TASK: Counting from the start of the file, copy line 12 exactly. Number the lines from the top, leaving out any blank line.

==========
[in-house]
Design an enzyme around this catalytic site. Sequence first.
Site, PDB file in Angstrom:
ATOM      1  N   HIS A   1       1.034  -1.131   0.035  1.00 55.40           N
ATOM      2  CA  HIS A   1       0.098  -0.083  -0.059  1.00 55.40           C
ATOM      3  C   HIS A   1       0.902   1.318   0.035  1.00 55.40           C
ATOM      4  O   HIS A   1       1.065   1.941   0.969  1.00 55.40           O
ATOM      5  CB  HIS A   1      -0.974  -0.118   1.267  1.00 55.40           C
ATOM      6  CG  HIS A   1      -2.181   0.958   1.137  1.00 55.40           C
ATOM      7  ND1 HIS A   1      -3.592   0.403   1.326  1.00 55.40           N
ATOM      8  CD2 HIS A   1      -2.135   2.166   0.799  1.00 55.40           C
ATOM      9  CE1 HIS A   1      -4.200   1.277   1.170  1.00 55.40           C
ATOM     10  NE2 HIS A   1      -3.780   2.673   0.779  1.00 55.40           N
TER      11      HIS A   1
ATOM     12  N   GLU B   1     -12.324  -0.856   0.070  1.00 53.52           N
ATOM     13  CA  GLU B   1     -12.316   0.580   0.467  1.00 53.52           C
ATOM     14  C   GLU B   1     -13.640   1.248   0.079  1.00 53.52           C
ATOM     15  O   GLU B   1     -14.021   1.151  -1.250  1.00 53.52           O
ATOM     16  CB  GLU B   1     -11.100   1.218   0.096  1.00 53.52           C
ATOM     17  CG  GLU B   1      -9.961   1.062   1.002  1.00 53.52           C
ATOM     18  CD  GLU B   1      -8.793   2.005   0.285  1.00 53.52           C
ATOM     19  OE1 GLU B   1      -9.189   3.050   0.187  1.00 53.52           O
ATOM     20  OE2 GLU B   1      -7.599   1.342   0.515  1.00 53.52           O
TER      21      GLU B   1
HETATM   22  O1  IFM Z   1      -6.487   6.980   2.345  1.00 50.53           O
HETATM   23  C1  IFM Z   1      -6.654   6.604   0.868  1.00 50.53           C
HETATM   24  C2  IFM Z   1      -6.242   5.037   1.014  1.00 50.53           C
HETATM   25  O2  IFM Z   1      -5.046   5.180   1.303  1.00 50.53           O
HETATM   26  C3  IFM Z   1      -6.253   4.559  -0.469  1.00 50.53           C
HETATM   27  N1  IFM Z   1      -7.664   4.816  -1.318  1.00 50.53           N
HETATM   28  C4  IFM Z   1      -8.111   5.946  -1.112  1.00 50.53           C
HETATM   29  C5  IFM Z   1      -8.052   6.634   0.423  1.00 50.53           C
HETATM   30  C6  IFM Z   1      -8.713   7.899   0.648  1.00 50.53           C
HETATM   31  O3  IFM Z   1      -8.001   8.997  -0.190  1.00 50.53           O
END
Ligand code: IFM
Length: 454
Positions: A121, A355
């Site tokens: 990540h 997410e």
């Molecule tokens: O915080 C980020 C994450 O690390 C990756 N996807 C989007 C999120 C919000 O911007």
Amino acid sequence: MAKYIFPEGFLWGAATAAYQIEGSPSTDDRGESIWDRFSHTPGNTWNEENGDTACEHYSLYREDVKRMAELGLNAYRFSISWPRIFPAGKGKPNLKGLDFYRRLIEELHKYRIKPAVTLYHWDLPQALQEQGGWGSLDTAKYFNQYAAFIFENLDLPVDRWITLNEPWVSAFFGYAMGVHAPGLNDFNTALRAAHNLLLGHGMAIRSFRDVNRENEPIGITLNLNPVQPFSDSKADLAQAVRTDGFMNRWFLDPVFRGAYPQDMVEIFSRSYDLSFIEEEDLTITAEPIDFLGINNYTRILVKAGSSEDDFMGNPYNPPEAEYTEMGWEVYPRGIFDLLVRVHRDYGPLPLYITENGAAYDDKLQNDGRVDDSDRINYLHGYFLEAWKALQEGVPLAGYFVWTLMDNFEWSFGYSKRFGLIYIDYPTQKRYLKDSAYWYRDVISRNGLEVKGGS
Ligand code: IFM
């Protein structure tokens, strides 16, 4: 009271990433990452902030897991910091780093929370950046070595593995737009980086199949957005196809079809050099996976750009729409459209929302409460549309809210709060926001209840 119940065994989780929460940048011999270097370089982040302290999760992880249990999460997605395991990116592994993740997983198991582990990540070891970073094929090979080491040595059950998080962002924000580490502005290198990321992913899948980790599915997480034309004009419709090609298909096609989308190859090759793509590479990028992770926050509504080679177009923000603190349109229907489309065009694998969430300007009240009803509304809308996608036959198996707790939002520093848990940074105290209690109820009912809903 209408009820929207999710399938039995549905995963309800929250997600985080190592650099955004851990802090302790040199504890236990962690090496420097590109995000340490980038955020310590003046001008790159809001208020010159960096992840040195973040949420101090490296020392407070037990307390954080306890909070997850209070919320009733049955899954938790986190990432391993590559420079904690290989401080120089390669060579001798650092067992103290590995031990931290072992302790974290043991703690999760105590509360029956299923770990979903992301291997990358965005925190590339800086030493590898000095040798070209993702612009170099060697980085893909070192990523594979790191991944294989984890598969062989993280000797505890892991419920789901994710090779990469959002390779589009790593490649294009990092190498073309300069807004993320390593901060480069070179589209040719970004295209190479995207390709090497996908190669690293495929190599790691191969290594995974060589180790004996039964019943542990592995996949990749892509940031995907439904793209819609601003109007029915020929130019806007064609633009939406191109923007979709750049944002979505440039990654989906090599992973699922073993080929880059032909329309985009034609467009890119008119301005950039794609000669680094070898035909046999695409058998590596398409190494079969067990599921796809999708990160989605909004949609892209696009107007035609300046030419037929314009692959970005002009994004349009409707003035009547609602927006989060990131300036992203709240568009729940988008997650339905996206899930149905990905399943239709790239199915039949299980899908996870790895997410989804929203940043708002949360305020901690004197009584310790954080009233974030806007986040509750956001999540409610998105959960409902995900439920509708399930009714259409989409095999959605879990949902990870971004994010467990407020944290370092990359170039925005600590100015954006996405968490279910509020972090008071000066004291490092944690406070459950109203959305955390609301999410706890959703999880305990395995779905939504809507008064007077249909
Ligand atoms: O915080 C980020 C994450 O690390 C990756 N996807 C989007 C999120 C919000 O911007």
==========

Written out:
ATOM      9  CE1 HIS A   1      -4.200   1.277   1.170  1.00 55.40           C